Reviews and bookish conversation with author Samantha Wilcoxson.
If I am lost, you will find me in medieval England.
You can also find me - and my books - on my blog.
This was a great resource to have on hand while reading The Game of Kings. Clearly written by someone who adores Dunnett's epic series, this guide helped me at least make my way through the first book of said series with some idea of what was going on.
The guide is organized by page numbers that coordinate with the most recent version of The Game of Kings. I could have my Kindle open to this as I read for instant clues to who people were, where places were, and what the heck Lymond was attempting to say. Each entry is basically like a Wikipedia post with clear translations and information about terms and phrases in this novel that are not commonly known.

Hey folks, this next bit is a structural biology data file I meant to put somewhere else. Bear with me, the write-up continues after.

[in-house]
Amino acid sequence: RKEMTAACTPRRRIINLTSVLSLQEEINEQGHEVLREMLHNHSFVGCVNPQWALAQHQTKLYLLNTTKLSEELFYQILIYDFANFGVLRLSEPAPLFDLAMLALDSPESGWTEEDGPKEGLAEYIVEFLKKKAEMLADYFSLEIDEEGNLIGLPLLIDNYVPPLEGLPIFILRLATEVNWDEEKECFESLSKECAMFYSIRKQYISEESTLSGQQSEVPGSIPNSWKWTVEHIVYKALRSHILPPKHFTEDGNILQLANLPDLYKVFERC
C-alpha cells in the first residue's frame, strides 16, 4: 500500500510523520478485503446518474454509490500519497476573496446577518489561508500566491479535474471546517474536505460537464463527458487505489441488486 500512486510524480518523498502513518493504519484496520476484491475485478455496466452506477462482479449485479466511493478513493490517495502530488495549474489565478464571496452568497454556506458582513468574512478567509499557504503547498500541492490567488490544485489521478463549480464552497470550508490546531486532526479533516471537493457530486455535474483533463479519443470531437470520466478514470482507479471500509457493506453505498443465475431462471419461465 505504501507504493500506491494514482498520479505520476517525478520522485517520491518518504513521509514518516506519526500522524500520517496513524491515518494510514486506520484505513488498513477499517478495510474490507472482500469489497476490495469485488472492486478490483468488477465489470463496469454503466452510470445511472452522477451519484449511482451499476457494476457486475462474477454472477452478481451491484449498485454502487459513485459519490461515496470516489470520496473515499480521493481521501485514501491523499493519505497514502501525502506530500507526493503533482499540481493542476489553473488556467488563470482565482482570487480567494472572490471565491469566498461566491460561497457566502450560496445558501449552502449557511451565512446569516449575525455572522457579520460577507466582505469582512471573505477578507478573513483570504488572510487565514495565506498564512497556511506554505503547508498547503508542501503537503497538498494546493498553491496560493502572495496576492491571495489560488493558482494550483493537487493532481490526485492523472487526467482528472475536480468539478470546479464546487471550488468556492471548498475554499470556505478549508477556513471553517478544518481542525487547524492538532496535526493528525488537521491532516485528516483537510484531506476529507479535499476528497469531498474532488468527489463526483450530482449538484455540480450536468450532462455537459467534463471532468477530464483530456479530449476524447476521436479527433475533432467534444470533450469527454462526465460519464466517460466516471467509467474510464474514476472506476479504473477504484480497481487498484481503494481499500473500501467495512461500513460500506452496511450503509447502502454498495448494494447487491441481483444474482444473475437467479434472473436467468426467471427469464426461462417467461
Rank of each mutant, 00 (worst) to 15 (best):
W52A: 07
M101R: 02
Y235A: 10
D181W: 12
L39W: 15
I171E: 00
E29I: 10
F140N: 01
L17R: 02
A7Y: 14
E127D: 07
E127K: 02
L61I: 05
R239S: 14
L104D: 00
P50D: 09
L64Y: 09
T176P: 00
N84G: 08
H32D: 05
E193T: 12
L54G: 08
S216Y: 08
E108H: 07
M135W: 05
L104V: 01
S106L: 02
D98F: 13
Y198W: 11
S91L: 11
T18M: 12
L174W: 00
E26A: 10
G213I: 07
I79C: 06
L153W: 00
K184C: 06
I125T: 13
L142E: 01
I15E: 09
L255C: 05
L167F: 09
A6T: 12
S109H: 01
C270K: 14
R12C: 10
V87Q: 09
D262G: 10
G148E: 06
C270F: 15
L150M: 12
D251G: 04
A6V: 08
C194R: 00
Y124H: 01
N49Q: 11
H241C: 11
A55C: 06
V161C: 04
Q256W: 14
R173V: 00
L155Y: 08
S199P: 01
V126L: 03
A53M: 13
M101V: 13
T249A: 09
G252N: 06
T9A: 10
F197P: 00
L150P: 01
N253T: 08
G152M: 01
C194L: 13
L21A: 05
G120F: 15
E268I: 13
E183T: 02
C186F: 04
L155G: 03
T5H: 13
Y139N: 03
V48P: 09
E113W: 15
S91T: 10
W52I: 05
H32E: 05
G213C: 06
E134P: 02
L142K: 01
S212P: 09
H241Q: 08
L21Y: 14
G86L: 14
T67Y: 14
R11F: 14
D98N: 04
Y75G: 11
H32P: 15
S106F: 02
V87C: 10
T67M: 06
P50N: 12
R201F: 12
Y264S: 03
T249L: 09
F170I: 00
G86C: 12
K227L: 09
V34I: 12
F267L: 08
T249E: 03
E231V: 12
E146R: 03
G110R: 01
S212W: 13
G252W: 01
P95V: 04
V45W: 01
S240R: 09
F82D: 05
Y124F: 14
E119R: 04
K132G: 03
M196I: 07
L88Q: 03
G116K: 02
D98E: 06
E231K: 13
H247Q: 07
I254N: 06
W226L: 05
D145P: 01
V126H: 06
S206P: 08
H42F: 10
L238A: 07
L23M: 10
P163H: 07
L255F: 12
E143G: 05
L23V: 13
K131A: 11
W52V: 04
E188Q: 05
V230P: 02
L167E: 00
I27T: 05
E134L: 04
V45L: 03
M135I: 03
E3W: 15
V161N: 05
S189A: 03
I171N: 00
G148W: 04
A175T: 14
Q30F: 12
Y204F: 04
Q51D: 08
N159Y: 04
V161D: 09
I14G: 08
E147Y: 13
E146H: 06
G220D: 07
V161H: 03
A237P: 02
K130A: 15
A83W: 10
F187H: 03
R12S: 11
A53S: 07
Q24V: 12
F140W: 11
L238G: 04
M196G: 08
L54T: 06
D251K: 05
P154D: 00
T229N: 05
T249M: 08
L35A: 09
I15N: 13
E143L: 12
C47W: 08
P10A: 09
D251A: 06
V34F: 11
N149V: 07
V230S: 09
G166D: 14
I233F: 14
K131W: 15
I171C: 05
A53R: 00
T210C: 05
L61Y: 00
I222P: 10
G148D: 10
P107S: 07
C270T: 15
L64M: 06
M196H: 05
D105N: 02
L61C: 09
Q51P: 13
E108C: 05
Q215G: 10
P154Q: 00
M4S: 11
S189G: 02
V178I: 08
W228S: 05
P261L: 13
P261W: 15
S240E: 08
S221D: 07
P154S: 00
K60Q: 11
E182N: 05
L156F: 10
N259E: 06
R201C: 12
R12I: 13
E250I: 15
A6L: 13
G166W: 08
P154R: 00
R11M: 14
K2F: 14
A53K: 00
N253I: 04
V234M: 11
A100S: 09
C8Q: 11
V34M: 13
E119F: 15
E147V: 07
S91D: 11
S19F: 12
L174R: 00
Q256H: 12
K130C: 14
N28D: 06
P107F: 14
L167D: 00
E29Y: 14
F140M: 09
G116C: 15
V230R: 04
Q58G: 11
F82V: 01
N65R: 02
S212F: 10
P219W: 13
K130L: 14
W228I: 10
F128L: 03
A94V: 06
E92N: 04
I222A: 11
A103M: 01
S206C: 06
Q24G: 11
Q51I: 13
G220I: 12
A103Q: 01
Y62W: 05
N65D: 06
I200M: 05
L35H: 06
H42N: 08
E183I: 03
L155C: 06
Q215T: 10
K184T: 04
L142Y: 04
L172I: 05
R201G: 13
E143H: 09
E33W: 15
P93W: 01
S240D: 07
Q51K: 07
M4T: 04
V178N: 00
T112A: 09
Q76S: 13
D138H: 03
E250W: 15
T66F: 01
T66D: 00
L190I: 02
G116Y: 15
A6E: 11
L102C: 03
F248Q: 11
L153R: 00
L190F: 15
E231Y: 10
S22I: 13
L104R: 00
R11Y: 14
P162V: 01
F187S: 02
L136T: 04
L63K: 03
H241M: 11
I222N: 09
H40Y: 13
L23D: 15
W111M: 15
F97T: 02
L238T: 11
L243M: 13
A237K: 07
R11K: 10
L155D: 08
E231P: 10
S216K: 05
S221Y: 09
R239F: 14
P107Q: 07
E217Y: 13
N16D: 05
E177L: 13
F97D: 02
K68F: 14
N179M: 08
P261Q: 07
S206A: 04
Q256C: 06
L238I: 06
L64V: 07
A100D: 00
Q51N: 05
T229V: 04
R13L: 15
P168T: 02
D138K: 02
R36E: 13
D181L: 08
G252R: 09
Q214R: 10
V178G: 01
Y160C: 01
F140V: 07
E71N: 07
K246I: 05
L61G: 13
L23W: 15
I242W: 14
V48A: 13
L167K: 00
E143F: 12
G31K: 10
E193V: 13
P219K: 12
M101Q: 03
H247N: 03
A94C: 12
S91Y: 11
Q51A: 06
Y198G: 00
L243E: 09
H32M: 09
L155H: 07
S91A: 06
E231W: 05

I bypassed many of the entries because I knew the history and basic geography, but the descriptions of where quotes came from and translations were very helpful. It was probably the same information that I would have found with a quick Google search, but this book takes care of hundreds of Google searches for you.
I only wish that the author had included why Lymond was making these references when he did. It was helpful to know what he was saying, but I often still wasn't quite sure why. If you plan on taking on The Game of Kings, I recommend this as a resource, and it is free through the Kindle Owners' Lending Library.